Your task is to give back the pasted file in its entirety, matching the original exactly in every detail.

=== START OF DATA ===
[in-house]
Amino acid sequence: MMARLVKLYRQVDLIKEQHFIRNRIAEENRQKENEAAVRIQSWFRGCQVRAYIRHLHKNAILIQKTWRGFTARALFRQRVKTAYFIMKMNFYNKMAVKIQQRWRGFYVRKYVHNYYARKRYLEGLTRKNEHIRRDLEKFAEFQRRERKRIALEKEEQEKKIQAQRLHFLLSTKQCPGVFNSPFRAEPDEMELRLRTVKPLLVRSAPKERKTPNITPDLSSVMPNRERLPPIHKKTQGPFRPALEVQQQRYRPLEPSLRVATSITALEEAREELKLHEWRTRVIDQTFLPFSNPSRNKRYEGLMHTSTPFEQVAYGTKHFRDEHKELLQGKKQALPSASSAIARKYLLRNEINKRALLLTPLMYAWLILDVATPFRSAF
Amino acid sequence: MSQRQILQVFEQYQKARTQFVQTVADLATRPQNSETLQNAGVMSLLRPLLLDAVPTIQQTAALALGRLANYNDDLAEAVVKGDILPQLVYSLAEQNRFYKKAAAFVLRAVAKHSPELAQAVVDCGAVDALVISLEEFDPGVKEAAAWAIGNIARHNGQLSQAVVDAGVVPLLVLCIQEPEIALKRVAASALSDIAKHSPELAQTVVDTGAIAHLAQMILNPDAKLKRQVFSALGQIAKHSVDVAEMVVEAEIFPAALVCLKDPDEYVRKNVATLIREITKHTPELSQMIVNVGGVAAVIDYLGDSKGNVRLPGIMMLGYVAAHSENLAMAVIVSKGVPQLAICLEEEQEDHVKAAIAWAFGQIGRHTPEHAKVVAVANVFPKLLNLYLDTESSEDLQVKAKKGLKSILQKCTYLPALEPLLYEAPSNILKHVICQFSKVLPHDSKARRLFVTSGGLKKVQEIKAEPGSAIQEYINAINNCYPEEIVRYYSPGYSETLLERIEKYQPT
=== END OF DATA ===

[in-house]
Amino acid sequence: MMARLVKLYRQVDLIKEQHFIRNRIAEENRQKENEAAVRIQSWFRGCQVRAYIRHLHKNAILIQKTWRGFTARALFRQRVKTAYFIMKMNFYNKMAVKIQQRWRGFYVRKYVHNYYARKRYLEGLTRKNEHIRRDLEKFAEFQRRERKRIALEKEEQEKKIQAQRLHFLLSTKQCPGVFNSPFRAEPDEMELRLRTVKPLLVRSAPKERKTPNITPDLSSVMPNRERLPPIHKKTQGPFRPALEVQQQRYRPLEPSLRVATSITALEEAREELKLHEWRTRVIDQTFLPFSNPSRNKRYEGLMHTSTPFEQVAYGTKHFRDEHKELLQGKKQALPSASSAIARKYLLRNEINKRALLLTPLMYAWLILDVATPFRSAF
Amino acid sequence: MSQRQILQVFEQYQKARTQFVQTVADLATRPQNSETLQNAGVMSLLRPLLLDAVPTIQQTAALALGRLANYNDDLAEAVVKGDILPQLVYSLAEQNRFYKKAAAFVLRAVAKHSPELAQAVVDCGAVDALVISLEEFDPGVKEAAAWAIGNIARHNGQLSQAVVDAGVVPLLVLCIQEPEIALKRVAASALSDIAKHSPELAQTVVDTGAIAHLAQMILNPDAKLKRQVFSALGQIAKHSVDVAEMVVEAEIFPAALVCLKDPDEYVRKNVATLIREITKHTPELSQMIVNVGGVAAVIDYLGDSKGNVRLPGIMMLGYVAAHSENLAMAVIVSKGVPQLAICLEEEQEDHVKAAIAWAFGQIGRHTPEHAKVVAVANVFPKLLNLYLDTESSEDLQVKAKKGLKSILQKCTYLPALEPLLYEAPSNILKHVICQFSKVLPHDSKARRLFVTSGGLKKVQEIKAEPGSAIQEYINAINNCYPEEIVRYYSPGYSETLLERIEKYQPT